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Insider tips for the week of February 3, 2020

  Major change to 529 Plans – The SECURE Act signed at the end of last year includes a major change that now allows 529 Plan dollars to be used to pay for student loans. However, certain states need to conform their tax laws to the federal one, otherwise folks in those states may face…

3 tips for having the college money talk

In our work of helping families navigate the college process. it continually shocks me how few have not had the “money talk,” either between the parents and/or between parents and child. Given the cost of college today, this is highly irresponsible at best, if not downright dangerous. I haven’t heard of many married couples not…

Insider tips for the week of January 13, 2020

  College savings cheat sheet – Financial aid guru Mark Kantrowitz shares some tremendous advice with Katie Couric on how parents can best approach the financial aspect of college. Among my favorites: Parents overestimate eligibility for merit aid, underestimate eligibility for need-based aid, and aren’t aware that most colleges meet financial need with loans, not…

2 valuable college planning changes in the SECURE Act

  The Setting Every Community Up for Retirement (SECURE) Act signed into law at the end of 2019 includes two significant college planning changes that families need to know about.   529 Plans can now be used to repay student loans Previously, 529 Plans could be used for qualified college expenses and $10,000 annually of…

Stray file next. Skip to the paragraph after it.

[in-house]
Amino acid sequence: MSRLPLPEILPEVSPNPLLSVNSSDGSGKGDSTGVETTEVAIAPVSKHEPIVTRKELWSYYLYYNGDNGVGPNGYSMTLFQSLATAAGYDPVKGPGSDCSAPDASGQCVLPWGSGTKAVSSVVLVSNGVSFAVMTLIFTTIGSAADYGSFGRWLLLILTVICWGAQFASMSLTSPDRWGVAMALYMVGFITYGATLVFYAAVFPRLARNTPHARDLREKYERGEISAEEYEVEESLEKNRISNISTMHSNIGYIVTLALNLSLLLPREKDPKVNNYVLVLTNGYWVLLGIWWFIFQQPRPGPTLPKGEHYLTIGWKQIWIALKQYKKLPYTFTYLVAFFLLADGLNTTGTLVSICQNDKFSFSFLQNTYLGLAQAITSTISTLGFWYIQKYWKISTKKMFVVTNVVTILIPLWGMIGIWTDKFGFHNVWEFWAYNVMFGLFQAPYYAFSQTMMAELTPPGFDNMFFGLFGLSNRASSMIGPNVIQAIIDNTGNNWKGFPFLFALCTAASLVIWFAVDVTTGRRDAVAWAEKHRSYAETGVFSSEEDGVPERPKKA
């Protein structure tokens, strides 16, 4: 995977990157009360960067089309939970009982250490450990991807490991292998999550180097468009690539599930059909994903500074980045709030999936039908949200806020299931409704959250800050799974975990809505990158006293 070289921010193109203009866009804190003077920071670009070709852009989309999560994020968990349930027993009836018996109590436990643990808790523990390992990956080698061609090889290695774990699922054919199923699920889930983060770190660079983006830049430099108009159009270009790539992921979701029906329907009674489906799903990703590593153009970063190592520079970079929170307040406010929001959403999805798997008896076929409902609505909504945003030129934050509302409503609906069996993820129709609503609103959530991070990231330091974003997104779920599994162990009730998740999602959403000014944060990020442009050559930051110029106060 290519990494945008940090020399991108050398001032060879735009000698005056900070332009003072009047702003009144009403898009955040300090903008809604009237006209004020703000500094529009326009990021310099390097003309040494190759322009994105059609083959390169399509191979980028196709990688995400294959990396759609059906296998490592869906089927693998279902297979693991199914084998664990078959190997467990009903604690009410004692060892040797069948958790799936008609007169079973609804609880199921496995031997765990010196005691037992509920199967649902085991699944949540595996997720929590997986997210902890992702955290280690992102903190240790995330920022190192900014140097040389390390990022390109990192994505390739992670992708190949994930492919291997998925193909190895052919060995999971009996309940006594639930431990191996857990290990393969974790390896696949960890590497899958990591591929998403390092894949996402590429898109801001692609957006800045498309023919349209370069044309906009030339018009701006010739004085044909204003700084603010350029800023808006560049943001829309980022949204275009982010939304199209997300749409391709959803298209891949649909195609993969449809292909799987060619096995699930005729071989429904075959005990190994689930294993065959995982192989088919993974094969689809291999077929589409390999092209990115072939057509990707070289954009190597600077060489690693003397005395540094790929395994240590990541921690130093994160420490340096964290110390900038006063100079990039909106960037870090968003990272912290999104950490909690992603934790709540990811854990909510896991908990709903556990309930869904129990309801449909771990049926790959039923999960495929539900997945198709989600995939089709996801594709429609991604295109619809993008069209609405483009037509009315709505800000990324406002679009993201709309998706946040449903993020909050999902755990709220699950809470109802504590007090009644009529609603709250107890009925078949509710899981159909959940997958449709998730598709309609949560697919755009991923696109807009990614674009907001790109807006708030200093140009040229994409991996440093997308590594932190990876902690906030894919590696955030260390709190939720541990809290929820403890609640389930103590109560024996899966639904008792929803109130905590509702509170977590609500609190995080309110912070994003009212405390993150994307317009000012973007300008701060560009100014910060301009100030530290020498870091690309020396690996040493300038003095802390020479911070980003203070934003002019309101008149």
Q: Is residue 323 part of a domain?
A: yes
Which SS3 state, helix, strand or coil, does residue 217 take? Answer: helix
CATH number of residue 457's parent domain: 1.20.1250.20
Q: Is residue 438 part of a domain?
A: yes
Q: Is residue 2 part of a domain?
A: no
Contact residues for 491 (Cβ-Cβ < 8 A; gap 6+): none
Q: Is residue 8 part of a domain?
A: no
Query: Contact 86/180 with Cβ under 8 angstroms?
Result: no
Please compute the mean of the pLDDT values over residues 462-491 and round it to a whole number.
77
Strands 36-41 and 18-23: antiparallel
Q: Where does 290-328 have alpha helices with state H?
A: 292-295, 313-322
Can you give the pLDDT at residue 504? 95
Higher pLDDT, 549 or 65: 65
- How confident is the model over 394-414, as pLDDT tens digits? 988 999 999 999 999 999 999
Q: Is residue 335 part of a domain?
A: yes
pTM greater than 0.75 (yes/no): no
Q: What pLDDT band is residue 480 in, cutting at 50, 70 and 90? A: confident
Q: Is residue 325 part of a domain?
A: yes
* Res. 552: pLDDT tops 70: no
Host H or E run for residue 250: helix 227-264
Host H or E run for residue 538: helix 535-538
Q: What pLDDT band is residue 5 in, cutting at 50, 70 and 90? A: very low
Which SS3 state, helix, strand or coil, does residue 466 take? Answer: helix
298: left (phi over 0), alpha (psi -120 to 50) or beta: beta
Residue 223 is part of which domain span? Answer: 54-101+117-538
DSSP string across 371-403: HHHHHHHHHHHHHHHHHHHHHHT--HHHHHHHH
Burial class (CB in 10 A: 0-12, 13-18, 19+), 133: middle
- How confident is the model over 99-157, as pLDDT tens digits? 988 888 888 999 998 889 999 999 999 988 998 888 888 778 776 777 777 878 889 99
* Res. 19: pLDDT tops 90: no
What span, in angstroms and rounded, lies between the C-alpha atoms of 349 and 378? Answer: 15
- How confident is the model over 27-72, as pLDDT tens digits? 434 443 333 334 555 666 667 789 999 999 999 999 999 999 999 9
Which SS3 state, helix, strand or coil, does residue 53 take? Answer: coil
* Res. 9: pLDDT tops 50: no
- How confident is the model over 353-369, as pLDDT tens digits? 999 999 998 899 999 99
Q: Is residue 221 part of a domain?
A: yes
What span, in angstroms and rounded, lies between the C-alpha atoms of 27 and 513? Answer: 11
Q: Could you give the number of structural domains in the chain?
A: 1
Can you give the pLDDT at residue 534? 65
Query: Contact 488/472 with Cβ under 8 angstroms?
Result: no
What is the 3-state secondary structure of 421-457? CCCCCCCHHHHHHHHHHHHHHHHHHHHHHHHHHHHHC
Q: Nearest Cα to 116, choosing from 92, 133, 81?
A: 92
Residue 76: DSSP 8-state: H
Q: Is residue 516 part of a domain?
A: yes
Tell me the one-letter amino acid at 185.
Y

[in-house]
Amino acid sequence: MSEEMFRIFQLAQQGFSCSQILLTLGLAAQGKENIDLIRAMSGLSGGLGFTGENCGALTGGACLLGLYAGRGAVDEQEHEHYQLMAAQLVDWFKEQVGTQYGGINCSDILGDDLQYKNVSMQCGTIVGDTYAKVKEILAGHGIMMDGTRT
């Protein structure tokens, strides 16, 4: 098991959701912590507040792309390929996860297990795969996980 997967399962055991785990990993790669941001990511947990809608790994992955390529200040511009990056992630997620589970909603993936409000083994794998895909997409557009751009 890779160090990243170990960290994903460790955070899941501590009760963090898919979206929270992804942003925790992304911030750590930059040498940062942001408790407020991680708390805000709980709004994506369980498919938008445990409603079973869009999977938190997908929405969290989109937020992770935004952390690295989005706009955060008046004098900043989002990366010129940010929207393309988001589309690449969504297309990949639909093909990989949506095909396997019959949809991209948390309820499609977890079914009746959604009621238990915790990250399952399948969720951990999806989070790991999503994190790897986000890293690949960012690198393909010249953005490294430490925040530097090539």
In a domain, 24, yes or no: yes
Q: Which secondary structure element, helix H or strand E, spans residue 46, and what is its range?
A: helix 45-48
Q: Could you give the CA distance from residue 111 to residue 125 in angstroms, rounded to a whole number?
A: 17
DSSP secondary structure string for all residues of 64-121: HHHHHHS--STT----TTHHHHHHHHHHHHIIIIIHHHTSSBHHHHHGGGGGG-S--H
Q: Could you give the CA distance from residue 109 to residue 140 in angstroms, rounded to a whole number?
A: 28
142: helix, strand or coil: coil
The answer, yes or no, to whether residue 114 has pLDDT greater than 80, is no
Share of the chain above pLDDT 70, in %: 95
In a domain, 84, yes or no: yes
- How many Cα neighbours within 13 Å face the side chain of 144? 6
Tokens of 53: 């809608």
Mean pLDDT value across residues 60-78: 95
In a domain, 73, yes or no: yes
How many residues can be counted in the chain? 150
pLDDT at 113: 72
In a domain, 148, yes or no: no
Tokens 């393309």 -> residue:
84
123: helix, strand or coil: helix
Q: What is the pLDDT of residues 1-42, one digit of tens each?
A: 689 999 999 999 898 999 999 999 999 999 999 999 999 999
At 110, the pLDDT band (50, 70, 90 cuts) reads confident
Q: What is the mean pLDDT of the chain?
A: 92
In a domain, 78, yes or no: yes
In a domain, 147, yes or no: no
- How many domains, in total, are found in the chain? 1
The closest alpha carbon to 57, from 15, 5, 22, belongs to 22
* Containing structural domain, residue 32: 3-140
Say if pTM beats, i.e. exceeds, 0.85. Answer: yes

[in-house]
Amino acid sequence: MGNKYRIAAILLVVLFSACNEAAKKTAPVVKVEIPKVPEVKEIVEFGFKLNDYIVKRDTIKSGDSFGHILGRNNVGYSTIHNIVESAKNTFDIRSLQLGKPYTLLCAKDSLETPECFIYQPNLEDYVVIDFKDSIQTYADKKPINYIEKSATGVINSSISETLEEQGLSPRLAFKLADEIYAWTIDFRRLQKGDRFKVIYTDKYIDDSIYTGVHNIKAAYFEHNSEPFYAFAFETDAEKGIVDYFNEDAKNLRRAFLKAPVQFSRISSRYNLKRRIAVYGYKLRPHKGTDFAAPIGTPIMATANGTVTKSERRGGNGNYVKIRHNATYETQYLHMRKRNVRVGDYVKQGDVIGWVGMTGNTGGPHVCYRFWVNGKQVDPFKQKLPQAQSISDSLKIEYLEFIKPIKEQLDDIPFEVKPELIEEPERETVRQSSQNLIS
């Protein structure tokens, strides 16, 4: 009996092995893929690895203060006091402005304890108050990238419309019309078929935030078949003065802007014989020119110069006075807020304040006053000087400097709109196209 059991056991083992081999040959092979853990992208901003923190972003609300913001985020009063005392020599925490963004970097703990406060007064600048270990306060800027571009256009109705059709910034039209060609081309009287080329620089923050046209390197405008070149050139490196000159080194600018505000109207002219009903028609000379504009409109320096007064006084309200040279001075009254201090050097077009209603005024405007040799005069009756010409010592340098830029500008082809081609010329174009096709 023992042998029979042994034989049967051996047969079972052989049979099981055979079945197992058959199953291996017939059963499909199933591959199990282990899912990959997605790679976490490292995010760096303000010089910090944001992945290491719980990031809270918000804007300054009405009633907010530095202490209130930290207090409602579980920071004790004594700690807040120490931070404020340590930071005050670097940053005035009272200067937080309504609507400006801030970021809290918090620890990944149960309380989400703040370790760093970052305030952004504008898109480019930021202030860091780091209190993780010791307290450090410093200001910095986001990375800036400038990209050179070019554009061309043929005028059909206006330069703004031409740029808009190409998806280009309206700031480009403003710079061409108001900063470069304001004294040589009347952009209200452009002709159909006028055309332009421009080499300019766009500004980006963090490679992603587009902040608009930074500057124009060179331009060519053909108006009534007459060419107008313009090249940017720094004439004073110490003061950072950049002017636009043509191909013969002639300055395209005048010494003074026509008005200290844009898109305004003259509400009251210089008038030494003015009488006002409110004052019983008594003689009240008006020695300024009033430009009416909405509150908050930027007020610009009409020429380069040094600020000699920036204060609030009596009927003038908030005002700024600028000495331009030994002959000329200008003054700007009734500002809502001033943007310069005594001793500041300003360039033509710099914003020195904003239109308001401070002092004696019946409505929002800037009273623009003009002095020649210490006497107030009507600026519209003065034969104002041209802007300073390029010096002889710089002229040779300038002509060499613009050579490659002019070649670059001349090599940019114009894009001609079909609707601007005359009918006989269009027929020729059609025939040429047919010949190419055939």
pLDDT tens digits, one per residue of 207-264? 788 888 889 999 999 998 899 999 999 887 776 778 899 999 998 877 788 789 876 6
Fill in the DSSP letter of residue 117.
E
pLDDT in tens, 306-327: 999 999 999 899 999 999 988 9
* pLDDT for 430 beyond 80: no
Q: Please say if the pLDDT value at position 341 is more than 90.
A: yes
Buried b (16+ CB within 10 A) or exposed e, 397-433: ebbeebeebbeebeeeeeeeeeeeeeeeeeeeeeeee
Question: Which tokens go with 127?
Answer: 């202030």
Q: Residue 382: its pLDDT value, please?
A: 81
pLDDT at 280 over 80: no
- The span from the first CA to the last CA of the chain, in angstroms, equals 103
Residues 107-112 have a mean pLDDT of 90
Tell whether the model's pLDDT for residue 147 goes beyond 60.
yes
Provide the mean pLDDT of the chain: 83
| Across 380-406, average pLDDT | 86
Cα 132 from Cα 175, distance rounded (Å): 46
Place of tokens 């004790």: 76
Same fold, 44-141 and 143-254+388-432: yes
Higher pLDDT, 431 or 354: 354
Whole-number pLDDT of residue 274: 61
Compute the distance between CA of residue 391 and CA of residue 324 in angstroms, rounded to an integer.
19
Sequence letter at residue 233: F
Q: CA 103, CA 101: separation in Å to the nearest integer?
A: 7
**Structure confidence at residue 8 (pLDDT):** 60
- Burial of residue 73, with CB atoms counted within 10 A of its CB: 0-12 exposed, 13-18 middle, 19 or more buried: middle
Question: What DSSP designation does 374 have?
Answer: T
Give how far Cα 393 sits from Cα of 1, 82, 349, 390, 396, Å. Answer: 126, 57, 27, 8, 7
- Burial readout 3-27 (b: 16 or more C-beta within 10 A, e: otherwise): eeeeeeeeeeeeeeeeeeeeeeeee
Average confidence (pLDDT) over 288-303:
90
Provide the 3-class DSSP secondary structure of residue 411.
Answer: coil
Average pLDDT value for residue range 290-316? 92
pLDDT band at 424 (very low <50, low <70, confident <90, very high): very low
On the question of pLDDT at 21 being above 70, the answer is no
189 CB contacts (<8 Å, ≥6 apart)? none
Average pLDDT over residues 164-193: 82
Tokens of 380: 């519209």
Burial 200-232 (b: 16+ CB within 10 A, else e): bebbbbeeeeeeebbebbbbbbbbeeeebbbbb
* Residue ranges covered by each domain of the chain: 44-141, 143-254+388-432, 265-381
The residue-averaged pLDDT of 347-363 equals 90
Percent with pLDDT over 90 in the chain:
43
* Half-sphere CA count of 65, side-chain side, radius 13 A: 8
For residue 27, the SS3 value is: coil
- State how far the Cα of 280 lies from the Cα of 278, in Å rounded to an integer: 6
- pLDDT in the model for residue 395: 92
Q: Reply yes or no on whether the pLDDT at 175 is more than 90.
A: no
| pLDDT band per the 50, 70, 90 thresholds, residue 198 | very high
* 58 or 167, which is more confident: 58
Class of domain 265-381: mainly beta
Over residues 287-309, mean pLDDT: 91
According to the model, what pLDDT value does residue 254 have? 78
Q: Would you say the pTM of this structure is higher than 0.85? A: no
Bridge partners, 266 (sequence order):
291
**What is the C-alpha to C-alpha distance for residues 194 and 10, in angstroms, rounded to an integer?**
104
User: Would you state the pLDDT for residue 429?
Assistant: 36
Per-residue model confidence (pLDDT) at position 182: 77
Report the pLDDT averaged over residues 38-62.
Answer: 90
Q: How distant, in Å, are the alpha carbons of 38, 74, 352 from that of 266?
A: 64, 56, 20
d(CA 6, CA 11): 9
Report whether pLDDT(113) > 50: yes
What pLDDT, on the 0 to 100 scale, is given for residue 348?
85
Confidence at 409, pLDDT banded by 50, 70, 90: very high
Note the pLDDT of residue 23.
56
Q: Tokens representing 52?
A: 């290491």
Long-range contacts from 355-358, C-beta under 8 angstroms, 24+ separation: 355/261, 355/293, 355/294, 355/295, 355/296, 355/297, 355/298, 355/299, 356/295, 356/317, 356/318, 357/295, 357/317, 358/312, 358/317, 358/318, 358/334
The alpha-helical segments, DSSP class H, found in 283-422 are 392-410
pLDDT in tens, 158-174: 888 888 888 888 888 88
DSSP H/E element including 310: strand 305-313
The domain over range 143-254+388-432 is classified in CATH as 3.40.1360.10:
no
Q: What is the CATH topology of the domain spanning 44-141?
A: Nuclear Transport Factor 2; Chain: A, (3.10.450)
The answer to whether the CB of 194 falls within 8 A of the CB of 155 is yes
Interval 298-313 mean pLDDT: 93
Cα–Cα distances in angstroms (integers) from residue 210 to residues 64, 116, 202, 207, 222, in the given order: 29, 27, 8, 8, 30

Insider tips for the week of Dec. 9, 2019

Need-to-know financial aid info – Mycollegeguide.org has a handy summary of everything your family needs to know about financial aid. Insightful questions for an admission officer  – It’s hard to make the decision of what college to attend. Use this helpful list of questions from Road2College to ask the admission office at each of the…

Filling out the FAFSA when there are divorced parents

Completing the FAFSA when parents are divorced is one of the most confusing scenarios for families, because custodial terms and who claims the child on the tax return do not necessarily apply. Which parent info is provided on the FAFSA? Regardless of the legal custody arrangement, the divorced parent with whom the student lived with more…

You’ve been accepted, now what?

So much energy and attention gets placed on the process of applying to colleges, that families often aren’t sure what to do once they have been accepted. And many are certainly unprepared for the intensity of the courtship that is about to ensue. Here is what every family should know heading into this stage of…

5 Nuggets of College Planning Wisdom

1 Choose a college that is a fit academically, socially AND financially. And a financial fit inherently means that neither the student nor the parents are over-borrowing (see #2). 2 Borrow an amount no greater than the average first-year salary in your chosen field. If total student loan debt is less than your starting salary,…

Insider tips for the week of Nov. 4, 2019

Student Loans from A to Z – Trying to figure out the borrowing side of college? Road2College.com has a nice summary of student loans and pros and cons of each type. One important message: Students should always max out federal loans before looking into private loans, but you must fill out the FAFSA to qualify…

Insider tips for the week of Oct. 7, 2019

Are you a guilted parent? – Saying no to our kids is hard, especially when it has to do with their education and future. Lynn O’Shaughnessy writes an important article on parents feeling guilted to pay for a college their teenager wants, but they may not be able to afford. 6 questions that should be…